Management is considering changing one of our salaried employees to an hourly pay. Can we do this without breaking any employment laws?
This adjustment in how you pay can be made. However, you will need to ensure that you are making the transition carefully. Many organisations have had to adjust employee contracts as a result of changes in business activities etc.
While your question has only looked at changing how remuneration is calculated, I believe there are other factors that you will need to consider. There is need for clarity as to why you are making a move, and this must be clearly communicated to the staff member.
Changing from salaried to hourly rates suggests that other aspects such as type of work, hours of work have also changed. When you switch to this new mode of calculating pay, your work schedule must be well organised, so aspects such as overtime are managed carefully. You must review the current contract and determine that you can make the changes that you are proposing.
Note that a move from salaried to hourly rate also means that other benefits such as medical allowances will need to be adjusted. Likely, you will also have to change the entire contract to speak to the new ways of working.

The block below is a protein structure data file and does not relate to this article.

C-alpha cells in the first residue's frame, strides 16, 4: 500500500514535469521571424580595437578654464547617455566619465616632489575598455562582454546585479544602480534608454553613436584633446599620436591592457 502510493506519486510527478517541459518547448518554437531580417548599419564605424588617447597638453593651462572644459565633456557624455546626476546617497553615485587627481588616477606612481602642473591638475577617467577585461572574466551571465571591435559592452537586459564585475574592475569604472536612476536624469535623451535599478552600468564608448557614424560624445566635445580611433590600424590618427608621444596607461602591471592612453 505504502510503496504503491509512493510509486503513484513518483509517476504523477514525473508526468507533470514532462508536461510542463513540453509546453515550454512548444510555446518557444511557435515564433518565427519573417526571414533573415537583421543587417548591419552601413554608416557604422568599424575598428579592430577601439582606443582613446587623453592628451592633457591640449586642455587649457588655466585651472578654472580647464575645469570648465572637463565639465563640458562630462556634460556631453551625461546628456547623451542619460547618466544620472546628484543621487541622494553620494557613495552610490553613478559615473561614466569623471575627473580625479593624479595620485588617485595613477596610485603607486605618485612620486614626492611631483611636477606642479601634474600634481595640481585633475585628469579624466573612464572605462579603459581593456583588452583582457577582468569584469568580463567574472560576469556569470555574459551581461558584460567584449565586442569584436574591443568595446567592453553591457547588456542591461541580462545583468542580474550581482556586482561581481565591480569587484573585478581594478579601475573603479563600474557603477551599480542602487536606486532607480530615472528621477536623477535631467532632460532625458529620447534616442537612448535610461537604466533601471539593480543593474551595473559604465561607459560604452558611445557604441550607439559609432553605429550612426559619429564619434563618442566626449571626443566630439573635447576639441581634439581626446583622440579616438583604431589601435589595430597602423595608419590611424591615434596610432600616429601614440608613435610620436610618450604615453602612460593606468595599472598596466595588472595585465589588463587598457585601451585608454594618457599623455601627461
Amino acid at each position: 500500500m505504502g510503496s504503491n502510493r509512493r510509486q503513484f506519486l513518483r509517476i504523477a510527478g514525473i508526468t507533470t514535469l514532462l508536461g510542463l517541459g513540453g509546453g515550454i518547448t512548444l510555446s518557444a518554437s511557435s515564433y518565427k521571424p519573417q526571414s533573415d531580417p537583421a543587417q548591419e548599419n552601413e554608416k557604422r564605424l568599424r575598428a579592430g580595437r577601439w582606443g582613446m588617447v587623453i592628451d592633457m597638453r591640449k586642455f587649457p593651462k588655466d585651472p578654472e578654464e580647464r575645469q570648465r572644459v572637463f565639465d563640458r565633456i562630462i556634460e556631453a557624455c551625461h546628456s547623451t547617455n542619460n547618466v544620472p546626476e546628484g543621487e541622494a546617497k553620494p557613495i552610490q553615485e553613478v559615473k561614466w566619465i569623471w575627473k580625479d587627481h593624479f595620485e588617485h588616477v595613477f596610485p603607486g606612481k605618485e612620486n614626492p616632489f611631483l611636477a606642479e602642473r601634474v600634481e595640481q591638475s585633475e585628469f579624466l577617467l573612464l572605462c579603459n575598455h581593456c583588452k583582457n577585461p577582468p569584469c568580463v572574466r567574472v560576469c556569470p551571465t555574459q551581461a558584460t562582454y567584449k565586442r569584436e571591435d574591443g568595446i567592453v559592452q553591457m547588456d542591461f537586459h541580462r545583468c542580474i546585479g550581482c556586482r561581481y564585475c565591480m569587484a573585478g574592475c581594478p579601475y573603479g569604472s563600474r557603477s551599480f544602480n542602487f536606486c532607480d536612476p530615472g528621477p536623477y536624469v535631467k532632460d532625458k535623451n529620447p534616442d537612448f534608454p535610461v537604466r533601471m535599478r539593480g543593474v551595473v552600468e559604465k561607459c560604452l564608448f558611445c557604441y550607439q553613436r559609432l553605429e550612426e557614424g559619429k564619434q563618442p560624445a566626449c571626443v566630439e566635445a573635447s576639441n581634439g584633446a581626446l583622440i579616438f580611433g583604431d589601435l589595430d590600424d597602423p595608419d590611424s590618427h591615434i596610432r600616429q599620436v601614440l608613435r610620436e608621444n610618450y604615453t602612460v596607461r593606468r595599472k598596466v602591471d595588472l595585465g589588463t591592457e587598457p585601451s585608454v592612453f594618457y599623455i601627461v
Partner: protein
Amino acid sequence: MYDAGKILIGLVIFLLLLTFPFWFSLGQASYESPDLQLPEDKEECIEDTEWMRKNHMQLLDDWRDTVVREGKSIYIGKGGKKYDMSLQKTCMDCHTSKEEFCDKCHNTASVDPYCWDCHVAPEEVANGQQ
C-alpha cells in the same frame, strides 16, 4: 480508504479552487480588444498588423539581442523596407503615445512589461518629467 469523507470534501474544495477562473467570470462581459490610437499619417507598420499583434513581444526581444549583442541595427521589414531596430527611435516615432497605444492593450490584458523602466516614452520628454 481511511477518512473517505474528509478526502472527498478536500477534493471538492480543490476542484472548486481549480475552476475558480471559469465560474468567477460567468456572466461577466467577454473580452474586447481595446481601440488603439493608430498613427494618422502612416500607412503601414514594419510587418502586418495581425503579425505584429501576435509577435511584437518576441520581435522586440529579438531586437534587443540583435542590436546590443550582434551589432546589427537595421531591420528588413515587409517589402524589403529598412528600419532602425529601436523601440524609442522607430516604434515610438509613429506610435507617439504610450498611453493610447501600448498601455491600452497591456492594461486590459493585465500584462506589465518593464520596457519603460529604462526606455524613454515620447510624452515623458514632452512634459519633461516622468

In addition to reviewing the contract, you may want to check the labour laws as certain aspects will also be applicable if the employee is working fewer hours per week than stipulated in the Employment Act. Speaking with your legal point person would help you understand some legal aspects that need to be factored in in the adjustment.
Making these changes will require you to communicate the reason for the change clearly and that your employee understands this adjustment. If it is not communicated, you will have a disengaged employee who will not be focused on delivering their work. Being a salaried employee provides employees with a sense of security.
Moving to hourly pay and if not managed well will cause them to be anxious, and they may start looking for an alternative job. If they are a good team member, you may create a risk of losing a good person.
Managing Director, The Leadership Team (U) [email protected]